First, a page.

Some really cool examples that people are exploring:
- mcThings modules into the base of beer pint glasses — With a sensor, you could alert the wait staff when that beer is getting empty and also temperature.
- Embedding mcThings modules into seats at an arena which could then relay how many ‘butts’ are in the seats at any given moment, are there any trends that can be identified, can advertising be billed differently in certain sections during different periods/quarters in a sports game based on trend data, etc.
- – There are many more (I could go on for hours) as the hardware and the platform is so versatile, you can practically turn anything into an IoT device!
Photo credit: www.mcThings.com
This kit is everything you need to get started with the Internet of Things
What are the backgrounds of some of the engineers you have on board that help to design your products?
We have multiple engineers working in different areas within our company. We have a couple of Software engineers which includes our CTO. Combined, they have over 35 years of software experience and have created our IDE (mcStudio). We also have two senior firmware engineers who have spent countless hours writing and testing the mcOS operating system as well as the specific firmware that each device/module requires. This is also an advantage to our platform as we have written the firmware already for our devices so those who are working with our platform don’t need to write the firmware, they just need to program the devices to whatever their use-case is.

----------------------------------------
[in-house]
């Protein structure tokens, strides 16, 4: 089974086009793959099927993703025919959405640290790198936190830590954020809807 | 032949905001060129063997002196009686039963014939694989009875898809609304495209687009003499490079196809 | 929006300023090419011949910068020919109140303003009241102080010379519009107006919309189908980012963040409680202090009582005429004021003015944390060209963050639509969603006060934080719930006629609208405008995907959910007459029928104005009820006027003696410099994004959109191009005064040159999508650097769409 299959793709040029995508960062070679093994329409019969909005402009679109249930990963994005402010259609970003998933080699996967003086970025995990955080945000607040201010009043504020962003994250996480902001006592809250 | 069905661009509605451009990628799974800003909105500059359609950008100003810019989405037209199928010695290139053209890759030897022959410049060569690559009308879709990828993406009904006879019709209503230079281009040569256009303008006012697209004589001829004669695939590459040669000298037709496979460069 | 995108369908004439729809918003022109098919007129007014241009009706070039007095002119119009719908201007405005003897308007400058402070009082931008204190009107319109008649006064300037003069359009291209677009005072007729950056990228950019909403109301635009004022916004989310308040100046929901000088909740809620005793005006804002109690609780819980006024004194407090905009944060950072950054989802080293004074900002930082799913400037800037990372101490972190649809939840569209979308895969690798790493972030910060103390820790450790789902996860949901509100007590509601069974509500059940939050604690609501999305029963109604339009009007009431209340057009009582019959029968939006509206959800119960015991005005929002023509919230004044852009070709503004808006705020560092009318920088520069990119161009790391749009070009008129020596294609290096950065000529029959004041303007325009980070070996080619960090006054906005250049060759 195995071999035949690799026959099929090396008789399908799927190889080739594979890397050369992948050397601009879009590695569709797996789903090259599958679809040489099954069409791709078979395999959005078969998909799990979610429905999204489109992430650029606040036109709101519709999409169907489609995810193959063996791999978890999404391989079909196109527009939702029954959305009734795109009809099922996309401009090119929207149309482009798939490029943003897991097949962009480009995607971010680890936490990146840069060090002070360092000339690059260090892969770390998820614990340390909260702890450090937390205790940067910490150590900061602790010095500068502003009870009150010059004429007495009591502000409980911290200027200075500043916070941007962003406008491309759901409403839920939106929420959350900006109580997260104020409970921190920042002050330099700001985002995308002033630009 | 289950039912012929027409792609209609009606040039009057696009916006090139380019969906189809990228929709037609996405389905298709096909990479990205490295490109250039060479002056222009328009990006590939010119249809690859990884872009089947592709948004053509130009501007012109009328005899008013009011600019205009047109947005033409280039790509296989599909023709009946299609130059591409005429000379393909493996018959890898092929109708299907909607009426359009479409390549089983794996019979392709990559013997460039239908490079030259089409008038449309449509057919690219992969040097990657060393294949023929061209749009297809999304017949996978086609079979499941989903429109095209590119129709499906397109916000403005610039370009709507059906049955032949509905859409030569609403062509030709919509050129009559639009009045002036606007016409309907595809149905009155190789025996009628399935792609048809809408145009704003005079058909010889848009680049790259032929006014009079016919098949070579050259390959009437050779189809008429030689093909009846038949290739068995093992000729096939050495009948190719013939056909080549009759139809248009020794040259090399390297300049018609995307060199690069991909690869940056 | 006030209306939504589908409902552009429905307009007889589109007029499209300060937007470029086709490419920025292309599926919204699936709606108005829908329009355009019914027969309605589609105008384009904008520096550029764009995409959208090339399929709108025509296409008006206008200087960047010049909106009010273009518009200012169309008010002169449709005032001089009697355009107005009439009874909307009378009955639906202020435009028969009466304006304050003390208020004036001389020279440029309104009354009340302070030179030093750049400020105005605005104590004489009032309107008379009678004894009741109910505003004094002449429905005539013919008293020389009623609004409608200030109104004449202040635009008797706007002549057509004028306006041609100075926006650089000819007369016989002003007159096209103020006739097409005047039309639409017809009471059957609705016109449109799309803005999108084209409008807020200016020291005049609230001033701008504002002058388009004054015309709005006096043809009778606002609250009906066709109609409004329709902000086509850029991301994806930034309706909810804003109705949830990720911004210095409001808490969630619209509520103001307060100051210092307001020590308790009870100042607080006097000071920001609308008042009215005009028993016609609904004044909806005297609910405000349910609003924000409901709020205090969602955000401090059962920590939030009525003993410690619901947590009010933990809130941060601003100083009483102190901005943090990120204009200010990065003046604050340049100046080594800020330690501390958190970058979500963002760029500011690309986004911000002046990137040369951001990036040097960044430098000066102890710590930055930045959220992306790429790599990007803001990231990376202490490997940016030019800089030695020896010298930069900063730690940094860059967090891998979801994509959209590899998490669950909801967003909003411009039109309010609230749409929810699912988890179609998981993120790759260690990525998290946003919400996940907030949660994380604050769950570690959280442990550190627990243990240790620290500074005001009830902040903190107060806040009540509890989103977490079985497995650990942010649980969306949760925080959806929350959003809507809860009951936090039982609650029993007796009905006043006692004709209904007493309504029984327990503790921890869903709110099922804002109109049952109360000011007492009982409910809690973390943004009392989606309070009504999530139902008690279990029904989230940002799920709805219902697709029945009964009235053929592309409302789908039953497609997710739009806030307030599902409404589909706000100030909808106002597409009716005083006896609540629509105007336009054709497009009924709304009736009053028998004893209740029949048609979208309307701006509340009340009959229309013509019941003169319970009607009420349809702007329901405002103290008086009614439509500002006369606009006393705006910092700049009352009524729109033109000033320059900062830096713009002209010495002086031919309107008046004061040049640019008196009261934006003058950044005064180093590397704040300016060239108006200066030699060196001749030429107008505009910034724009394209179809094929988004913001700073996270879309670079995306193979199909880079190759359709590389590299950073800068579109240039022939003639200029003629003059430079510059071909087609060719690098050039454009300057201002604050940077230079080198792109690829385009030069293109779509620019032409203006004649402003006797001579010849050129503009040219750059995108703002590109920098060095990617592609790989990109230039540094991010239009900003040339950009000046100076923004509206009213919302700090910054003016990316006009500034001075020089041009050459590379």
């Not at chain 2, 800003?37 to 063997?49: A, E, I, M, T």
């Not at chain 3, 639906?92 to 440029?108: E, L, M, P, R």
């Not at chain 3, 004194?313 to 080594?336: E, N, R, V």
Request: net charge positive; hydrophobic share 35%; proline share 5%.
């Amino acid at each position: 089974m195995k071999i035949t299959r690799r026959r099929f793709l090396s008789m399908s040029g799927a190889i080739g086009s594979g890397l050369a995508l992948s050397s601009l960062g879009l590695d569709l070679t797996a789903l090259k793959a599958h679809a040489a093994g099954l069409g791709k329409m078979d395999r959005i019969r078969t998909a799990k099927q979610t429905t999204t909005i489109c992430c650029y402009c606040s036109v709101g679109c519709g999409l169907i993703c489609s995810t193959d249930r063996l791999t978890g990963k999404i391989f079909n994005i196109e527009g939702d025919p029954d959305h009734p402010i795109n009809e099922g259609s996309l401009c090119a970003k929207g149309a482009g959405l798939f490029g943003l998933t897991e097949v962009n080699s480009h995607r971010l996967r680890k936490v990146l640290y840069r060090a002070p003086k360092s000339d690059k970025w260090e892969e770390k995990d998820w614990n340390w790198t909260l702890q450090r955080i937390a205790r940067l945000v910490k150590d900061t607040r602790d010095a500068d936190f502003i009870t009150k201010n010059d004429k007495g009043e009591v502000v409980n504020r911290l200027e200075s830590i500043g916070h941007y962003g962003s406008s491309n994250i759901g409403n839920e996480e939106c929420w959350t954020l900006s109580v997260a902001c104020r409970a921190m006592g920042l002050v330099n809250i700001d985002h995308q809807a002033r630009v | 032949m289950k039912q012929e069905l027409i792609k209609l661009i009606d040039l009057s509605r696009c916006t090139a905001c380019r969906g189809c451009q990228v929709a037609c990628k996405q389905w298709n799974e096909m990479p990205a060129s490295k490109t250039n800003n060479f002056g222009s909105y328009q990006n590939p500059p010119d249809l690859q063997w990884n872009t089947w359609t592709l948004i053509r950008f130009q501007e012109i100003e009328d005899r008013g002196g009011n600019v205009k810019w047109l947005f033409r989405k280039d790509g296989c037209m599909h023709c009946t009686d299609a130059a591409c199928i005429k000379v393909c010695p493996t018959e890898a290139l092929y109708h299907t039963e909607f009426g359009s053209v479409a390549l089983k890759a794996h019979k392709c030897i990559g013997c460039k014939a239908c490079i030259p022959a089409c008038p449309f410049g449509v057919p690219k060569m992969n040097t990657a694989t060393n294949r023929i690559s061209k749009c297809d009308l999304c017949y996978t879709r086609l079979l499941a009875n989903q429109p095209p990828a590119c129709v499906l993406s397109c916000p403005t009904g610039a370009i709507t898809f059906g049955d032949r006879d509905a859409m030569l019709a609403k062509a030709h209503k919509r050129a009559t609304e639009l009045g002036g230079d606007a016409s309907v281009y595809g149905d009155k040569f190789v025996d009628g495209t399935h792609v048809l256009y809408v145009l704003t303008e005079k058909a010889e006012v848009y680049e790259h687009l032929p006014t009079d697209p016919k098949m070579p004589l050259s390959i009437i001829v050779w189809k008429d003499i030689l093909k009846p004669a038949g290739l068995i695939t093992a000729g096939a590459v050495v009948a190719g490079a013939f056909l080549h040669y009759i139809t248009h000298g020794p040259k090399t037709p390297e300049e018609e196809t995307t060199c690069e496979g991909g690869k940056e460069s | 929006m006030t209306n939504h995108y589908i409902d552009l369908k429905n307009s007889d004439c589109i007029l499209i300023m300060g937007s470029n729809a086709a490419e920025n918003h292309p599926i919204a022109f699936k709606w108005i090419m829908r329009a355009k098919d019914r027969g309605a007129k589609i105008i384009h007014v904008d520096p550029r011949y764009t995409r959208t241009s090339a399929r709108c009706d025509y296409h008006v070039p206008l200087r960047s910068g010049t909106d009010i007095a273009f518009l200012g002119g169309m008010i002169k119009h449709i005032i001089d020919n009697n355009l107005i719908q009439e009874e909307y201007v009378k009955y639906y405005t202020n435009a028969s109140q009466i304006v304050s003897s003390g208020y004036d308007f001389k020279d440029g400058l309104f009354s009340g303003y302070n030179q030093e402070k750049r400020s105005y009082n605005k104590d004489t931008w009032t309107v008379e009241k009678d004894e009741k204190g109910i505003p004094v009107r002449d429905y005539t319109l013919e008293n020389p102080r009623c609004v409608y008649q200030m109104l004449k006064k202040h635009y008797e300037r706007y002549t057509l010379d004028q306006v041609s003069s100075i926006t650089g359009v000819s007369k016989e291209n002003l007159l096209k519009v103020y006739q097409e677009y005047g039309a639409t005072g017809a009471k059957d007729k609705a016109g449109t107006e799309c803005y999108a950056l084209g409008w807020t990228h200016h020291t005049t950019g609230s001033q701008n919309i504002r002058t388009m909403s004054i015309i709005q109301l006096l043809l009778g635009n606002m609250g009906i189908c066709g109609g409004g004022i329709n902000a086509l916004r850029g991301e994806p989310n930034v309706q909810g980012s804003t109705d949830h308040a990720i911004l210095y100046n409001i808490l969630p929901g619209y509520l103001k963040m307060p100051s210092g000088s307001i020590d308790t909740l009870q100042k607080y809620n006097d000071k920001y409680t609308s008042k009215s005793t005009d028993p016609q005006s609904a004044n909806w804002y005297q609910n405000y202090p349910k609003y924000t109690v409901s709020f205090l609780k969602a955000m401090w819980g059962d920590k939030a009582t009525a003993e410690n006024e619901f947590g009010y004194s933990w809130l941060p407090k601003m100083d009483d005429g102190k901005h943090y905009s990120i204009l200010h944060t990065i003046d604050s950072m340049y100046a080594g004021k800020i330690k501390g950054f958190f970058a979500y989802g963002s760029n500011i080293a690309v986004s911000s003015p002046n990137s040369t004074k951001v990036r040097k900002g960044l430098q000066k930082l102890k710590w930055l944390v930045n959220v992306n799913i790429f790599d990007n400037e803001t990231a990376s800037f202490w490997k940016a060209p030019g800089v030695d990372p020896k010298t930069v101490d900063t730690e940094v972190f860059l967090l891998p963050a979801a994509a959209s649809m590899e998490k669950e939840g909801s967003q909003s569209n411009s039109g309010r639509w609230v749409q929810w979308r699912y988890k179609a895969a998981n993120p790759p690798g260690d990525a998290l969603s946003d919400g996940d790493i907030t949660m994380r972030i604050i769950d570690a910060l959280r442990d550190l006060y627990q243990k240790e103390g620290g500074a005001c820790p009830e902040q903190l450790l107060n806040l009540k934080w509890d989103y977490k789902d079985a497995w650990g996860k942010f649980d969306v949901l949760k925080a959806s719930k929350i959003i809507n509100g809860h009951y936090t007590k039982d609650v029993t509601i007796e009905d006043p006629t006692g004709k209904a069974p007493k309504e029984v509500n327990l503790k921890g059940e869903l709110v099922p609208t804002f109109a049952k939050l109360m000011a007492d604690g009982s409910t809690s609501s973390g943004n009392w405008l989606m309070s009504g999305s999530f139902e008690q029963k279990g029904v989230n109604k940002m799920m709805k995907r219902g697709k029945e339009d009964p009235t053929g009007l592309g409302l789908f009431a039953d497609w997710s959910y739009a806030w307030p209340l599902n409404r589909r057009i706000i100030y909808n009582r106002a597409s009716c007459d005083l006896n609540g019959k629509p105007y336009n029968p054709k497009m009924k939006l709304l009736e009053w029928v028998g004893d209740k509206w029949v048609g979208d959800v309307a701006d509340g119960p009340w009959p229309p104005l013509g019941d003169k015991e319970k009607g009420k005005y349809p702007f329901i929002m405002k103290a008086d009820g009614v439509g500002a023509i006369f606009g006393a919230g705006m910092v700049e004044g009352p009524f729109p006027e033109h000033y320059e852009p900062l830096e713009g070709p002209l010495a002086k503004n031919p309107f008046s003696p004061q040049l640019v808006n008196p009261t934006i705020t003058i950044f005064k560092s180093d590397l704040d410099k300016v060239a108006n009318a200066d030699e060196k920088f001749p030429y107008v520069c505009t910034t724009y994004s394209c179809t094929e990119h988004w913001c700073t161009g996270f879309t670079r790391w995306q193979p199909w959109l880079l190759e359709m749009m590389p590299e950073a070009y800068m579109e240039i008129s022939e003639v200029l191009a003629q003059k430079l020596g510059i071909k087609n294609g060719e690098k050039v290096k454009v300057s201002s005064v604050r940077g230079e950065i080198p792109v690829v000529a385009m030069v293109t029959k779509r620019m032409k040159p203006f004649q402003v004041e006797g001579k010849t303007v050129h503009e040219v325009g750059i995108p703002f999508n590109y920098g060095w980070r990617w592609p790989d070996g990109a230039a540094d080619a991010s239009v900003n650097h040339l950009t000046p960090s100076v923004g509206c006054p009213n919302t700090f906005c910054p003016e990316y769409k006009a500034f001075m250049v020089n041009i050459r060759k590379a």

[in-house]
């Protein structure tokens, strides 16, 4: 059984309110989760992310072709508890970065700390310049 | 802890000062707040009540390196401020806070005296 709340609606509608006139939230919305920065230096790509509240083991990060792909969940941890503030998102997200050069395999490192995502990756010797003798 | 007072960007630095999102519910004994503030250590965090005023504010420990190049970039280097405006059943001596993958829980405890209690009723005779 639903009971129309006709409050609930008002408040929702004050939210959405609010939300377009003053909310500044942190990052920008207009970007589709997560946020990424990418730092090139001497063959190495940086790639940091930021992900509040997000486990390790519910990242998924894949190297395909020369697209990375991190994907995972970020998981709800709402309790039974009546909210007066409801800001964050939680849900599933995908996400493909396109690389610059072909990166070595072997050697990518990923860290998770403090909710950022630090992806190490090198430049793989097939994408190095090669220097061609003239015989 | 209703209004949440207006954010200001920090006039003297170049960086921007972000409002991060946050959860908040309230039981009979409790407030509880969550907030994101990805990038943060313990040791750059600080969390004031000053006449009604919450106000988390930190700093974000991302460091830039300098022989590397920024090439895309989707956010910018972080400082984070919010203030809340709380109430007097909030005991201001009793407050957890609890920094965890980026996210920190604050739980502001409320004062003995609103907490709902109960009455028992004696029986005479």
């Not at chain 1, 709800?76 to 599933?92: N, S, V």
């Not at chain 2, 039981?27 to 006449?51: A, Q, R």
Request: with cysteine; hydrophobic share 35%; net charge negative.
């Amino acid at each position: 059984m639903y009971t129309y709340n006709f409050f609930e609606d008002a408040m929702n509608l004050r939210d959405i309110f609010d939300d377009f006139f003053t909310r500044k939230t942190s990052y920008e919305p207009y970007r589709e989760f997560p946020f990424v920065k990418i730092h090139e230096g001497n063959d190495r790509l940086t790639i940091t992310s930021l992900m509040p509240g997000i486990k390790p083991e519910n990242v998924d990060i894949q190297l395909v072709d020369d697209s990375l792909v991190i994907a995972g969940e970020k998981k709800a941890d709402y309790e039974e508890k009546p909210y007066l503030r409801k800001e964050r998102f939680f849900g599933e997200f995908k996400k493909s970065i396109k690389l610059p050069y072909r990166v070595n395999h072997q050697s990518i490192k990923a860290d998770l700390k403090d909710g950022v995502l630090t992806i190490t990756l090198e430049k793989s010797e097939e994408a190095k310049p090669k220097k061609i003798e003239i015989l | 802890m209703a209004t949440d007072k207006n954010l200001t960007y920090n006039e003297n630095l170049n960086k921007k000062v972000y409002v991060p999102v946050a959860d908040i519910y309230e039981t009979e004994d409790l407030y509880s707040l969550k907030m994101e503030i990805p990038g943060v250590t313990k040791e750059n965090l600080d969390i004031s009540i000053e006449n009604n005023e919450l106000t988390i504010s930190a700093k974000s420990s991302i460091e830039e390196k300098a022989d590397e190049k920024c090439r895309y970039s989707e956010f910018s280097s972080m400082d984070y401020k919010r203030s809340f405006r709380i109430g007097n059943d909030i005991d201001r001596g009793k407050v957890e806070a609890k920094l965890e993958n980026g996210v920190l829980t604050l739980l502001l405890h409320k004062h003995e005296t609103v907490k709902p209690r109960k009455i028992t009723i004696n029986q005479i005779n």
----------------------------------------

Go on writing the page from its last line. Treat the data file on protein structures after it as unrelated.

We also employ a full-time hardware engineer who’s main focus is to design and modify all existing and new modules/devices that we are working on. All of our engineers have come from backgrounds doing similar things but never with creating brand-new technology like we have done here at mcThings.
Can you describe what a general day looks like for an engineer at mcThings?
Every day is different! We have multiple projects that are ongoing and new ones all the time. Our engineers spend their days writing programming, firmware and hardware design. Some days we are designing custom devices for clients, some are fixing bugs that have been identified within our system and testing. Some days are doing client meetings and working out requirements and others are prototyping and testing different sensors and working closely with our cloud partners to test capabilities. It’s a great work environment and everyone works together as one team — Everyone has the chance/ability to give input on all projects and other happenings at the office and we encourage that! The more views on what we do and suggestions just help us to make our platform better! The only thing that is the same every day is our required minimum of 1 foosball game per engineer/day! J